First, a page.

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Oregon Legislature Fails to End Discrimination

Today the gavel fell ending the 2005 legislative session and we are faced with the harsh reality that the Oregon legislature did not meet its moral obligation to protect all of our State's families and make discrimination a thing of the past.

This is an outrage, pure and simple. Today, despite all of our work, all of our testimony, all of the heart and soul that we poured into the democratic process, all of the support that we garnered in both legislative chambers and -- in the end -- Karen Minnis, Speaker of the House, single handedly executed a series of mean-spirited political tricks that blocked civil unions and anti-discrimination legislation from becoming the law.

Your courage, commitment and unrelenting resolve to pass this bill did not go unnoticed. SB1000, a bill with bipartisan sponsors, passed the Senate 19-10, winning by nearly a 2 to 1 margin. We had the votes in the House to pass the bill, again with bipartisan support. Legislators heard more about SB 1000 than any other bill this session. Thousands of people contacted their representatives, and did so repeatedly. We have never had such a strong presence in Salem, and it was heard, for months and months.

But, in the end, one person stood between our state doing the right thing and doing the wrong thing, and that person, Speaker Minnis, abused her power to make sure that the wrong thing was done.

Using a complicated set of procedural maneuvers that came to be called the "Midday Massacre" of SB1000, Minnis stopped justice right in its tracks. She again thwarted democracy only a few days later by throwing out a 140 year old rule that allows legislators to extract a bill from committee and bring it to an up or down vote. She resorted to these extreme measures because she knew that YOU had built the support for this bill and if it came to a vote it would pass. Knowing that we had the support and still the bill did not pass is nothing less than frustrating, infuriating, and unfair.

Some have already said to us, "Well, what did you expect?" as though somehow we shouldn't have decided to fight if we didn't know ahead of time that we would win.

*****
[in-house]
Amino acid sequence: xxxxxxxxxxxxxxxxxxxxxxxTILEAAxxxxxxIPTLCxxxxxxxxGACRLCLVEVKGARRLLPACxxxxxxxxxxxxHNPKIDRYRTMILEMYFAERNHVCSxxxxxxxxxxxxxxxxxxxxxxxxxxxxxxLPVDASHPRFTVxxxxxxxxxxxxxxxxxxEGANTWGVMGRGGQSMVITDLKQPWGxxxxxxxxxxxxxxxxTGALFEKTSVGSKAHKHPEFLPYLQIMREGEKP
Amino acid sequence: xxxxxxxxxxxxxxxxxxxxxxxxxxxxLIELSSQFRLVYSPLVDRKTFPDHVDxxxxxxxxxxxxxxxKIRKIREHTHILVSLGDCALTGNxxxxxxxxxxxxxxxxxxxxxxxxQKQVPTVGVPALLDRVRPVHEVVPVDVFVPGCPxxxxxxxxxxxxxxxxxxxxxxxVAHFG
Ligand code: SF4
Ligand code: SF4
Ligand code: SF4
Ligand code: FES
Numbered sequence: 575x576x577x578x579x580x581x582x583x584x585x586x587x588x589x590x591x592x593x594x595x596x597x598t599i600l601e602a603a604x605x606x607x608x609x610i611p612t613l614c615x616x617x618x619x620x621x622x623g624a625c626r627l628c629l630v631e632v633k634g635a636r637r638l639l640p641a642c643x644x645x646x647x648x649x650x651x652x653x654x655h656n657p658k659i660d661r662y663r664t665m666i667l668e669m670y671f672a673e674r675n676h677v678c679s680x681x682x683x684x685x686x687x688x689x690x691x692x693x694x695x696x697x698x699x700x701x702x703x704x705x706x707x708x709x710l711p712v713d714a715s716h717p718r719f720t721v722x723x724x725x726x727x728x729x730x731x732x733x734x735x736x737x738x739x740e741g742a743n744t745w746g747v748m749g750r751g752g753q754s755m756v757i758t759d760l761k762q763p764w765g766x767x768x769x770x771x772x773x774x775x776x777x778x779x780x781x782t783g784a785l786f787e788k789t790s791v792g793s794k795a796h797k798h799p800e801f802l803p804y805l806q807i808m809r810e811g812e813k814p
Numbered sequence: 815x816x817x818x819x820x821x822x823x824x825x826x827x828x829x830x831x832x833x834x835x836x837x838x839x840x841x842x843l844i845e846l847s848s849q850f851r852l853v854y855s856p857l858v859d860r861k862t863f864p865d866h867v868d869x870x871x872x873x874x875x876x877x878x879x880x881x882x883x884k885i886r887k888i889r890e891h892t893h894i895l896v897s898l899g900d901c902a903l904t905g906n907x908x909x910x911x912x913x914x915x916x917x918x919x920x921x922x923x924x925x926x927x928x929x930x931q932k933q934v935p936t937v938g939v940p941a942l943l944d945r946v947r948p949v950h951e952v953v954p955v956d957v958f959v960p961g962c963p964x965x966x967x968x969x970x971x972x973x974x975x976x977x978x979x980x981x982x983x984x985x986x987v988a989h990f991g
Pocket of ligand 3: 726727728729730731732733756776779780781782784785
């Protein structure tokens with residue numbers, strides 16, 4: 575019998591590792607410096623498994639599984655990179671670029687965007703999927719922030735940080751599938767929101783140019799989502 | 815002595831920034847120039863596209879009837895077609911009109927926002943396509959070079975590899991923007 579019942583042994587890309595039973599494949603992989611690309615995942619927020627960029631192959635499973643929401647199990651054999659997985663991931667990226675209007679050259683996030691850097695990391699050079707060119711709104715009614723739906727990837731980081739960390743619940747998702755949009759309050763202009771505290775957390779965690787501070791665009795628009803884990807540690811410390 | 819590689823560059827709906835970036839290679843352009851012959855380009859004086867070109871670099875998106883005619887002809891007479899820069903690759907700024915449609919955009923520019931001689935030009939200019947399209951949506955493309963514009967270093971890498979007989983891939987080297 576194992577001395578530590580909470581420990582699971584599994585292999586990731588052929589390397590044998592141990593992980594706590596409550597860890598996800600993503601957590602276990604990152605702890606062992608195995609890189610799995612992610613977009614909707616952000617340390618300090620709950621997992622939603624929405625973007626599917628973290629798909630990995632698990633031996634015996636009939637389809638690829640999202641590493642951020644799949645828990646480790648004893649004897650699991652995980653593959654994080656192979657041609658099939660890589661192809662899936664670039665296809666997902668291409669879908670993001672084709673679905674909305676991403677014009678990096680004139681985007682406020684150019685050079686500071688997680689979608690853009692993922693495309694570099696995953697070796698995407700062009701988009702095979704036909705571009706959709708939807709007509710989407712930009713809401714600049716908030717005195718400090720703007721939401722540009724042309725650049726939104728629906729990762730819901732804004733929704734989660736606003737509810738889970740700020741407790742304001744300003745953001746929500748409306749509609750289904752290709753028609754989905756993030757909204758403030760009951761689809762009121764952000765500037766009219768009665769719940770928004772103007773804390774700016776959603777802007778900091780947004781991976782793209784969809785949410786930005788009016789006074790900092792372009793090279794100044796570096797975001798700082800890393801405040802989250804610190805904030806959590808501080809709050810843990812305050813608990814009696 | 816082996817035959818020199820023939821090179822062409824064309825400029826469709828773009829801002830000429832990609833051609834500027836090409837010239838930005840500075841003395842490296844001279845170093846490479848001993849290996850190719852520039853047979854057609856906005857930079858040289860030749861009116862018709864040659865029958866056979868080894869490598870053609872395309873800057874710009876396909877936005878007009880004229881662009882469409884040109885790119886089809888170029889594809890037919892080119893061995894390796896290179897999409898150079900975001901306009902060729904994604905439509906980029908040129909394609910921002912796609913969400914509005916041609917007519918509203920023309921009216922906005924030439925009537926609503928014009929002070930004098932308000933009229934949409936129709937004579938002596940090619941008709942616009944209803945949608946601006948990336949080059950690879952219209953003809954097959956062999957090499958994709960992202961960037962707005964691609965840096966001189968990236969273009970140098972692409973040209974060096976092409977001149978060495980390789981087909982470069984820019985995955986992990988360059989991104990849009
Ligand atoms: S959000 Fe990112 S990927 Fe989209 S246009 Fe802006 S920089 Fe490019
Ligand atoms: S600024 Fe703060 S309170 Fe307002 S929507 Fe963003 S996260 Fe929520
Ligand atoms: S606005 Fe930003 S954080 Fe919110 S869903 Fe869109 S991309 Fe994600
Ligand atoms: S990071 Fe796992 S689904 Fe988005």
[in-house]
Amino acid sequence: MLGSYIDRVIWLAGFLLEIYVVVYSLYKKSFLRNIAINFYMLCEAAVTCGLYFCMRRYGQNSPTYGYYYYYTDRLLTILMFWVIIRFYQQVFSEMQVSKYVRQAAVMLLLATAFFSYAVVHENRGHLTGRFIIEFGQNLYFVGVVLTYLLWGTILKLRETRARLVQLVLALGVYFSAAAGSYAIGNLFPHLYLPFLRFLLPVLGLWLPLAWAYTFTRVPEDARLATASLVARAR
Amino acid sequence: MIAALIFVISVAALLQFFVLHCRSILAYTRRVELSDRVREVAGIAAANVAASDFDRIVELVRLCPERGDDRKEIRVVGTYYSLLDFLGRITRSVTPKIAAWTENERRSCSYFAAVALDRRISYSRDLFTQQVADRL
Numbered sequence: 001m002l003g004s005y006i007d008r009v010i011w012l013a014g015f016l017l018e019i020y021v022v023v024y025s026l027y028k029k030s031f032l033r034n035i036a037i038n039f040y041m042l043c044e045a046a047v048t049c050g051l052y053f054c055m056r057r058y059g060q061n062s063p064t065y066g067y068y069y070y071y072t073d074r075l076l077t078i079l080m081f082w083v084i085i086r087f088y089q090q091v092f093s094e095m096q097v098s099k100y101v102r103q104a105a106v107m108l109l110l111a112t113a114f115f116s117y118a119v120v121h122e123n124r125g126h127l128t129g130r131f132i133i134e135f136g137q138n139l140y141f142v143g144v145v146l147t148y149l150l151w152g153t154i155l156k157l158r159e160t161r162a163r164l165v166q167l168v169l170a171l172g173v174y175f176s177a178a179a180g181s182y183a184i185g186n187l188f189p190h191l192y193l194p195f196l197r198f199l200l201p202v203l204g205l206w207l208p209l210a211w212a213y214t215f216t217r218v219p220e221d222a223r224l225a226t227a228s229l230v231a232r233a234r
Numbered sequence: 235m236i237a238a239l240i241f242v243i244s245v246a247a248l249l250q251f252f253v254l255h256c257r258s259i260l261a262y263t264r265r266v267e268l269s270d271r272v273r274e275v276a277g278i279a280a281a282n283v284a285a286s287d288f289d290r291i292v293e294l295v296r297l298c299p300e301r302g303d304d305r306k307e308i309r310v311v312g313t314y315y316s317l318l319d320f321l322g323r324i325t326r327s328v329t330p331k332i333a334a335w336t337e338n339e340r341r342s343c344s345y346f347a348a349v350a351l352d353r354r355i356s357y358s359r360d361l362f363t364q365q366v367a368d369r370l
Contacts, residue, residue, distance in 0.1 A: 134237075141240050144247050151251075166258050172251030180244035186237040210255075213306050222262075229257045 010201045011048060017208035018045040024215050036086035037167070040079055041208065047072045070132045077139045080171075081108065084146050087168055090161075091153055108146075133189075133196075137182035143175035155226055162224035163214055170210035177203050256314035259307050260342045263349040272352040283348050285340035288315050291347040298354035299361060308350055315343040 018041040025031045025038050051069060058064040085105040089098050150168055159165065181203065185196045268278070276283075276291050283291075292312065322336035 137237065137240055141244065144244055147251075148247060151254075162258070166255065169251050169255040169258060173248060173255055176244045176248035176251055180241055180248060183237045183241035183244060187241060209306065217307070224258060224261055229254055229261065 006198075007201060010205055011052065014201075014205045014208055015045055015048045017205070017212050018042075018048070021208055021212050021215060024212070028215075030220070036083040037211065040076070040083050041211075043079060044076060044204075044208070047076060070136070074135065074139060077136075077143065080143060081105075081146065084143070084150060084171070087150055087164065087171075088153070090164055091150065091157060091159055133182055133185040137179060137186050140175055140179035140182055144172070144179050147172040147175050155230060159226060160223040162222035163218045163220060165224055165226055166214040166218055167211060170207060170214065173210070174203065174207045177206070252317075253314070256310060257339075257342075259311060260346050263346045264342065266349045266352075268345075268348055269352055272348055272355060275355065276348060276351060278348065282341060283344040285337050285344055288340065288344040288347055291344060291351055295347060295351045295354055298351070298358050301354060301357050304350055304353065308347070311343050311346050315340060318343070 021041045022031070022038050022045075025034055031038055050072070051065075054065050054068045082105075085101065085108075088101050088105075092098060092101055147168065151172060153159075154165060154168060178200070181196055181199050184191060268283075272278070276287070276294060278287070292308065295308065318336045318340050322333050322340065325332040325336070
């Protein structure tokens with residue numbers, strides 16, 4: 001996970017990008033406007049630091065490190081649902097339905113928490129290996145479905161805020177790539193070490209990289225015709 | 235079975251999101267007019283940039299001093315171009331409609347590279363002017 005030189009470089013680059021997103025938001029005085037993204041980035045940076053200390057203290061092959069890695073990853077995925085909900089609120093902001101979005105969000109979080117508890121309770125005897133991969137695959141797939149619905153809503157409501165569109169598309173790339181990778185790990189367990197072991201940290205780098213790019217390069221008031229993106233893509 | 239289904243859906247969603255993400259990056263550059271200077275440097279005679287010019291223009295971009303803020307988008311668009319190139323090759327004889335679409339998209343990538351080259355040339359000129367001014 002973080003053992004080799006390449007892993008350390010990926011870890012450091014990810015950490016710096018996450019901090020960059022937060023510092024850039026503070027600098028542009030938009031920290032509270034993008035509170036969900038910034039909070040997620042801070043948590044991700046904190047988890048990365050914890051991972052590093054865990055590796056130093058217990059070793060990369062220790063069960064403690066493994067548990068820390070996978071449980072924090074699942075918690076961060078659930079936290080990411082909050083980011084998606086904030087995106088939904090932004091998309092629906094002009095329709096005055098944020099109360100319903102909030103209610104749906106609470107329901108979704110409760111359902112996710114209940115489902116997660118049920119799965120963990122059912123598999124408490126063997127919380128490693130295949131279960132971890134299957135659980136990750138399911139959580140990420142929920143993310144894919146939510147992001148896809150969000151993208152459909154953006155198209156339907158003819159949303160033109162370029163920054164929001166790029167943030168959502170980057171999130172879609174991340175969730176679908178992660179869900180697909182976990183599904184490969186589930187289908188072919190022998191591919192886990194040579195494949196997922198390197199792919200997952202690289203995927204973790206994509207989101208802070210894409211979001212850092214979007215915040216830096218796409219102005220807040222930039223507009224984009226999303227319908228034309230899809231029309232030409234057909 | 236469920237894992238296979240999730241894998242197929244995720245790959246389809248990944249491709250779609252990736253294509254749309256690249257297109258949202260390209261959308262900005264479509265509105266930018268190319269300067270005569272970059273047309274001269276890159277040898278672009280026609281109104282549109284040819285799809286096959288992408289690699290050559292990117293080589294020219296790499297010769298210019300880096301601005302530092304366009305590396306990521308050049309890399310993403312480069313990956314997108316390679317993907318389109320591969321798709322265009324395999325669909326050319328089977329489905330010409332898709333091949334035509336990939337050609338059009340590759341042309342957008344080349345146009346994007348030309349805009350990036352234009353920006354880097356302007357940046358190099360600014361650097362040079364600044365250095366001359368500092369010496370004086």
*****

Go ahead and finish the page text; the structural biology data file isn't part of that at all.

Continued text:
So let me just say it now, loud and clear: we expected justice, we expected fairness, and we expected equality. We still expect those things, and we will not stop expecting them, ever.

We also expected a fight, and of course we knew we might not win. "What did you expect?" presumes that if the struggle is tough, it's not worth the trouble. I believe that the opposite is true, that the most valuable things are those that are hard won.

Given how high the stakes are, it's not surprising that the fight is a fierce one. But that doesn't make this bitter pill any easier to swallow. We are now faced with the reality that this fight will be tough and long, but we will not give up no matter what.

As we move forward we will look at where we have been and what we have learned and we are just beginning an important evaluation process of this legislative campaign that includes your critical feedback and input about what we have done and where to go from here. Look for much more about that over the next month. Here, though, are two things that we've learned that I think are worth sharing:

First, it's never been clearer to me how important it is that we are involved in electoral politics. We need to build into a mighty force the BRO Equality PAC, which seeks to elect openly GLBT and pro-BRO candidates for key legislative races. We need to be not only a force for the positive, rewarding and reelecting our allies, but we need to become a force that will hold politicians who vote against us accountable for their actions. With your help, we can make Karen Minnis regret her actions in 2006!

And second, I've learned that when we lift up our voices, people do hear us. The outcome of this legislative session is utterly maddening. It is a terrible blow.

But I can't think about this experience without thinking of the more than 700 "While You Were Out" messages we delivered to Karen Minnis, or the thousands and thousands and thousands of emails and phone calls that poured into the legislature every time we sent out an alert, or the intrepid band of Salemites that stood outside the legislators' parking garage every morning for a month -- a month!!! -- holding signs and asking legislators to vote on our bill. . .not to mention the hundreds of people from every corner of this state, who waited for as long as seven hours and stood up at the hearings and testified so honestly about their lives, their words sandwiched between hideous lies and expressions of bigotry offered up by the other side.

I have so many of these scenes in my head. I know many of you do, too. We have represented ourselves well, and truthfully, and with determination.

Shame on Karen Minnis for her abuse of public trust, and for misusing our democratic process to uphold discrimination in our state.

With this defeat, we will become even more resolute. A friend of mine sent me a quote from Winston Churchill that says: "If you're going through hell, keep going." I love that! We have seen how close we can get, and it's clear that we will eventually win the equality we deserve.

But for now, it's important to acknowledge the pain of this loss, deal with it, and turn it into determination and passion, so that we can fight another day until we celebrate full equality.

In Solidarity,
Roey Thorpe
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